All of these appear to be the challenges, and the fuel, for most communication projects. On top of that, deciphering IT jargon to distribute information legibly for the masses of the university can often require some crafty MacGyver skills. With our communications work having such a broad university audience, my golden rule is simple. If my mother wouldn’t understand it, revisit, review, and rewrite.
Nerds unite. We take geeks to heart and passionately believe that everyone is a bit of a geek about something. The SIGUCCS Communication Awards provide an excellent stage to showcase your communication team’s design geekdom and to receive external written feedback from last year’s winning teams who serve as judges. As a submitter, preparing submission entries each year allows me the opportunity to step back with a broad range view to reacquaint myself with and critique our team’s portfolio. Reviewing the excellent work of other institutions when serving as a judge is a unique opportunity to compare our work with numerous successful communications teams from other higher education learning communities.
With so many of us facing similar design challenges, the takeaway of participating in the SIGUCCS Communications Awards is seeing how other creative teams resolve similar IT communication hurdles. All of these things provide each of us with an aha moment and hopefully, just hopefully, an opportunity to understand why design matters. Because honestly, it does.
Laurie Fox and Dan Herrick recently travelled to Chicago to attend an ACM SIG Governing Board (SGB) meeting focused on planning and sponsoring a single annual conference. SGB leadership invited a group of SIG and conference leaders to discuss issues related to smaller conferences like ours.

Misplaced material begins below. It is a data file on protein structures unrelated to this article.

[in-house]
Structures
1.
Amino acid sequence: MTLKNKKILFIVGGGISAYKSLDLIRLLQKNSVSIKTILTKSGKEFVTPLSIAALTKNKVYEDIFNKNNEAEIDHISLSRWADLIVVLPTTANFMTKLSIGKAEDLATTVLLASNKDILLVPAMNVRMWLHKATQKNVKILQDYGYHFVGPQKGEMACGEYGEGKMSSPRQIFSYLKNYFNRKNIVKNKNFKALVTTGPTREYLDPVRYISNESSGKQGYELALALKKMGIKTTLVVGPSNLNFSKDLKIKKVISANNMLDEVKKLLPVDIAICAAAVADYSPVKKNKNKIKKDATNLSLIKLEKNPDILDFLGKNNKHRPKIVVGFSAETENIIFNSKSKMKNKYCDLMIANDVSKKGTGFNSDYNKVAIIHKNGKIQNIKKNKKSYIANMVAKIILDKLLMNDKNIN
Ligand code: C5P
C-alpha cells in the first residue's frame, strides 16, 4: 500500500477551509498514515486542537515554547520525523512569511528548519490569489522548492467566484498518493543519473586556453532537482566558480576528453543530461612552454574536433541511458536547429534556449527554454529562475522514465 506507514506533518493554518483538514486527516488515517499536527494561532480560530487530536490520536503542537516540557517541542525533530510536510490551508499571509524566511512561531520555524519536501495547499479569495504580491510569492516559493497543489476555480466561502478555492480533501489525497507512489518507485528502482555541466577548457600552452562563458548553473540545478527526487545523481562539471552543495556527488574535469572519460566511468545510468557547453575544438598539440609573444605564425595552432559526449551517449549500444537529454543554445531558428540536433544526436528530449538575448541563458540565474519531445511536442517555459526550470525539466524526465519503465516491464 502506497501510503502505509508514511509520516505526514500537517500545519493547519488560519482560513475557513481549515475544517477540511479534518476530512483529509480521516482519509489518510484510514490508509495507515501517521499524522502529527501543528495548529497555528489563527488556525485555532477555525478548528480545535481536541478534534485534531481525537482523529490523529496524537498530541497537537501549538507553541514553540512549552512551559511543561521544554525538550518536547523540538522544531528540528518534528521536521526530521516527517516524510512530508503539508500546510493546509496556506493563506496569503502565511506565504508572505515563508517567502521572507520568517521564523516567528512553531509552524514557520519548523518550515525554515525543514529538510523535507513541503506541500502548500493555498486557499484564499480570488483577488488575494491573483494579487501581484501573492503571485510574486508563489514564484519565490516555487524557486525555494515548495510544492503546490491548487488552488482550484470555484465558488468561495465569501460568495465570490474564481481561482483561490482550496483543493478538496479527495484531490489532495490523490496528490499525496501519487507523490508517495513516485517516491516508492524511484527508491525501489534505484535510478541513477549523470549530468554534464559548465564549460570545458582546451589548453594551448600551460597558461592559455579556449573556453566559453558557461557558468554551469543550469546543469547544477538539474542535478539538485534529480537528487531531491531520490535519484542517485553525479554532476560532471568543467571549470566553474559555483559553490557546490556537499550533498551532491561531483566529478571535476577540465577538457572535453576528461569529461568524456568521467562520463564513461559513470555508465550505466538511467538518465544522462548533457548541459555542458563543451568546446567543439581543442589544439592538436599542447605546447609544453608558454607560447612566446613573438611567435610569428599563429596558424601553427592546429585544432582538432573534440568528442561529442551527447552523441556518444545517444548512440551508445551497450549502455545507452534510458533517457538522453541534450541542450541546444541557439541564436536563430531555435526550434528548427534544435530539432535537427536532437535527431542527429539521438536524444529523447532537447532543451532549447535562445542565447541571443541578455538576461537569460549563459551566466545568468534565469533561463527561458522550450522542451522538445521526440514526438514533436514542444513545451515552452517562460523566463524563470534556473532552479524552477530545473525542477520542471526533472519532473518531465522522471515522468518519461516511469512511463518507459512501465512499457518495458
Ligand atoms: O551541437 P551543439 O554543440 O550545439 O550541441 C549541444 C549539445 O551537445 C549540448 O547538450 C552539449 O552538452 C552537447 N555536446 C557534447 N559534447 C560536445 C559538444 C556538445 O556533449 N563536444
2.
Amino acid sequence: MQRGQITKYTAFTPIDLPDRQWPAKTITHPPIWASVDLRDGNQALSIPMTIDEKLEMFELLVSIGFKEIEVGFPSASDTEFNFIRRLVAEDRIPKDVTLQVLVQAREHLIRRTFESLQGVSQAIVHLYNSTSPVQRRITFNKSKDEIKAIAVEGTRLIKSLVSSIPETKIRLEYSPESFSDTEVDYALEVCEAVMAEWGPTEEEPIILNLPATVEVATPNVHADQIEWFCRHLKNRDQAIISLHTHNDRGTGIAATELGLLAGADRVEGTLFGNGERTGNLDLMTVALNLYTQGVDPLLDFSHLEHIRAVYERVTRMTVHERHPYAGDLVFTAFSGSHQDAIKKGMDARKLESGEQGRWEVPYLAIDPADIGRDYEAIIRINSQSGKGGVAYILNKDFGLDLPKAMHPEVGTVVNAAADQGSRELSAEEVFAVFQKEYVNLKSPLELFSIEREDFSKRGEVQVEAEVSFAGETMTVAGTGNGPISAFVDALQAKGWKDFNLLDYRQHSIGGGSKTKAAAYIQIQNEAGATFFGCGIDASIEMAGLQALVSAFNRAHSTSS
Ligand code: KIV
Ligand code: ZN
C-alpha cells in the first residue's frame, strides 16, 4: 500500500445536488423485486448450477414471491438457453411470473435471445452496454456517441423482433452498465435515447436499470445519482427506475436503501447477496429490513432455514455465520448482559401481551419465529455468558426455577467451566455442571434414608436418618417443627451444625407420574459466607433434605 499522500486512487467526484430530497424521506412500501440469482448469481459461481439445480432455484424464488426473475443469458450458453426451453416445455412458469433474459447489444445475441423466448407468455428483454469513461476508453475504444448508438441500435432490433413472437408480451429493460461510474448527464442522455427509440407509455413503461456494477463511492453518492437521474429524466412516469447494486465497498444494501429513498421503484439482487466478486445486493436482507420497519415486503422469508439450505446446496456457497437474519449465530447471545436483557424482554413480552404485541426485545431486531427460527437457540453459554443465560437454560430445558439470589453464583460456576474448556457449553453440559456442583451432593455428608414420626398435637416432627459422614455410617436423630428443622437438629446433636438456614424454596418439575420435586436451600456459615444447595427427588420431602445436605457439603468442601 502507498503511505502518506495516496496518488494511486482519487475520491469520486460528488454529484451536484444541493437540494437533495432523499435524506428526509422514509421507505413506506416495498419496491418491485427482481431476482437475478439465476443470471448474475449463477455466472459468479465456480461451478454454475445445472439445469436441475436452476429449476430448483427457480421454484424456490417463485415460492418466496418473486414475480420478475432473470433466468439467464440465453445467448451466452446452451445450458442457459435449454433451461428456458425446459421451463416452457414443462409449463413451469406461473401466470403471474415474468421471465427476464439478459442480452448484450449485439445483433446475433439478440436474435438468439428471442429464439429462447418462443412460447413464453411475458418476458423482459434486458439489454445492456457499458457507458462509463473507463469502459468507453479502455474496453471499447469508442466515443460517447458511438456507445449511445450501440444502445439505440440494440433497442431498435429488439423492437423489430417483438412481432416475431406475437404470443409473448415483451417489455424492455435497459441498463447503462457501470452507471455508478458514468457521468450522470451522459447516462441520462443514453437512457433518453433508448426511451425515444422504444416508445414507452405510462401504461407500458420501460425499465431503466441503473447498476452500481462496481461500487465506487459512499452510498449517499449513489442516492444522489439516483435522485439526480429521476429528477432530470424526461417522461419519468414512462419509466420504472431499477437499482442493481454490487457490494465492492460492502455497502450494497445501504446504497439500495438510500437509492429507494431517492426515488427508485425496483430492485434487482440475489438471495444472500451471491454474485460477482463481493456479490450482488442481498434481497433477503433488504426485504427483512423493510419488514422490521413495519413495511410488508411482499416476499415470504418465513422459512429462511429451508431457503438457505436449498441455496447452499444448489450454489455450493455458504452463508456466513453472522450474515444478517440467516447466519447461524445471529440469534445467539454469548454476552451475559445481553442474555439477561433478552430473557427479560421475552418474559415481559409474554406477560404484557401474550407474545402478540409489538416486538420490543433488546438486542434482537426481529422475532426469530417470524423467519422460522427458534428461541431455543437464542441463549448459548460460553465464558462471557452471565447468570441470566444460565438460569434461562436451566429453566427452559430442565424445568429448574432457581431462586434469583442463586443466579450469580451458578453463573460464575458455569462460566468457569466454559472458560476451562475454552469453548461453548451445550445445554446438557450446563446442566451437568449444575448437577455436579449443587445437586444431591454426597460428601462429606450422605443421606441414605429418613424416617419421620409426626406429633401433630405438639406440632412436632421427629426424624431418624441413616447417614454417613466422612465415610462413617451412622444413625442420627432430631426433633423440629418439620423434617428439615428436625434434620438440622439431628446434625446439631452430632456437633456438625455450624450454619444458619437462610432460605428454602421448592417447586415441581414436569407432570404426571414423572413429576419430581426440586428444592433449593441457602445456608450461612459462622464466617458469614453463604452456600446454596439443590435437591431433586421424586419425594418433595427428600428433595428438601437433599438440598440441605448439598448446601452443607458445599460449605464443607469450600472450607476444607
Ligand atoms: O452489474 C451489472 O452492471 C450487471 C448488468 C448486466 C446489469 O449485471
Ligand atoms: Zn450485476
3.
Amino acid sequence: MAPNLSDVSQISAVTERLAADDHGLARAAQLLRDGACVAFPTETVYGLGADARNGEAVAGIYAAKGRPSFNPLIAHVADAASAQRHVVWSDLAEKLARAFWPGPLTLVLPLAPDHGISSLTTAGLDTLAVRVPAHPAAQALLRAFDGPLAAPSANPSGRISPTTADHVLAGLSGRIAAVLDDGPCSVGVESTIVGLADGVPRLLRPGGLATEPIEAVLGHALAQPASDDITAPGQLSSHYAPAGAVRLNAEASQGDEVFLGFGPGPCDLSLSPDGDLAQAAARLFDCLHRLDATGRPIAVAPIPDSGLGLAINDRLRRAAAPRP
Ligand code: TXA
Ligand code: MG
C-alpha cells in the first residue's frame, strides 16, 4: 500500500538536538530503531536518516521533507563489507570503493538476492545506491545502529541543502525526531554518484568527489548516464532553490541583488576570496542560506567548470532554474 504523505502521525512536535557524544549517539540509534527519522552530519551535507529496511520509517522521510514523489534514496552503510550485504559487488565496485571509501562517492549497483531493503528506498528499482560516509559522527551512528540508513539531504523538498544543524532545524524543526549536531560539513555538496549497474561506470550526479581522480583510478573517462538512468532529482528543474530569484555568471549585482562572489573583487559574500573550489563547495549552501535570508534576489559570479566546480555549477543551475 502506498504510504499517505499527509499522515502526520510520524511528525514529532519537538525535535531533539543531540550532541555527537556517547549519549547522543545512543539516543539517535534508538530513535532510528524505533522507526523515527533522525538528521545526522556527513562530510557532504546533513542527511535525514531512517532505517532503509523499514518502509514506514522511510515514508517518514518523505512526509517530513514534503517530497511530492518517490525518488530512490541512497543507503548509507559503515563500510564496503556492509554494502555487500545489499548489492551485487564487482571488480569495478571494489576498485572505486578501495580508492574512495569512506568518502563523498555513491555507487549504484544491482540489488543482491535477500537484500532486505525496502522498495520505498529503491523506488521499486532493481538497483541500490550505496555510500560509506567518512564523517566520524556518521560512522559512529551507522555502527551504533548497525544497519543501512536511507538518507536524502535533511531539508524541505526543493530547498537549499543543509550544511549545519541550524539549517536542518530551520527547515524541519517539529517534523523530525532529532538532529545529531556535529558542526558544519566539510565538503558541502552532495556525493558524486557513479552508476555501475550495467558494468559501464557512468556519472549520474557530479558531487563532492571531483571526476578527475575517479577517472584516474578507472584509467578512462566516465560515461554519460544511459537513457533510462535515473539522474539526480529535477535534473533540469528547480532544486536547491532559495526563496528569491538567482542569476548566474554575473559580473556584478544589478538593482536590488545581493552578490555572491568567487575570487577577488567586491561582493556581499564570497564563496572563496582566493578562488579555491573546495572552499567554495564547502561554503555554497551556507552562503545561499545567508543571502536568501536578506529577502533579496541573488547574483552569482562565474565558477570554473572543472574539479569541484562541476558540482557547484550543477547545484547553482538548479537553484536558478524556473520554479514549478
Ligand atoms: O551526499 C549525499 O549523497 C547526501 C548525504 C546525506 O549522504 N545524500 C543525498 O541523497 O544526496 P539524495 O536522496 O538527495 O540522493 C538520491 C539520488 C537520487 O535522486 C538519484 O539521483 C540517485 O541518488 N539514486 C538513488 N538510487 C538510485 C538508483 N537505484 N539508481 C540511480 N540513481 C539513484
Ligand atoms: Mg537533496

The meeting agenda included:
ACM Publications Board presentation
Disability Inclusion Discussion
SIG / Conference Interactions and Associations
Best Practice Sharing
We always enjoy sharing the best practices of SIGUCCS and the SIGUCCS Conference. Here are the items we shared with other SIG leaders:
Professional Development (Mentoring Program, Webinars, Subsidized Pre-Conference Seminars)
Community Engagement (Marketing, Travel Grants, Book Club, Listserv/Slack/Social Media)
Community Recognition (Communication Awards)
SIGUCCS Conference Practices
Lightning Talks as a presentation format
Conference planning procedures & documentation
Generating post-conference webinars with popular conference presentations
The meeting attendees were most impressed with our webinar series and our marketing / community engagement efforts. Our biggest takeaways are ideas to improve our disability inclusion efforts at future conferences. We were fortunate to spend time learning from other leaders (and with each other)!
During World War II, Betty was hired as a “computor” – women that were hired to manually compute ballistic trajectories for the Army. These manual calculations were complex and took 30 hours to solve. But in 1945, the Army built a machine to replicate the work and Betty was part of the team of six women commissioned to program the ENIAC machine. All six women earned a place in the Women in Technology International Hall of Fame.
An American Roman Catholic nun, she was the first woman to earn a PhD in computer science (1965, University of Wisconsin-Madison) in the United States. During her graduate studies, she worked with the National Science foundation workshop in Computer Science at Dartmouth College (all male at the time) and participated in the implementation of the BASIC programming language. She later went on to found the computer science department at Clarke College (now University) and directed the department for twenty years.
Known for creating COBOL, the first programming language, Grace Hopper is referred to as a pioneer computer scientist. After earning a PhD in mathematics from Yale and teaching at Vassar College, Grace Hopper joined the Navy Reserves during World War II. There she began working on the Harvard Mark 1 computing team.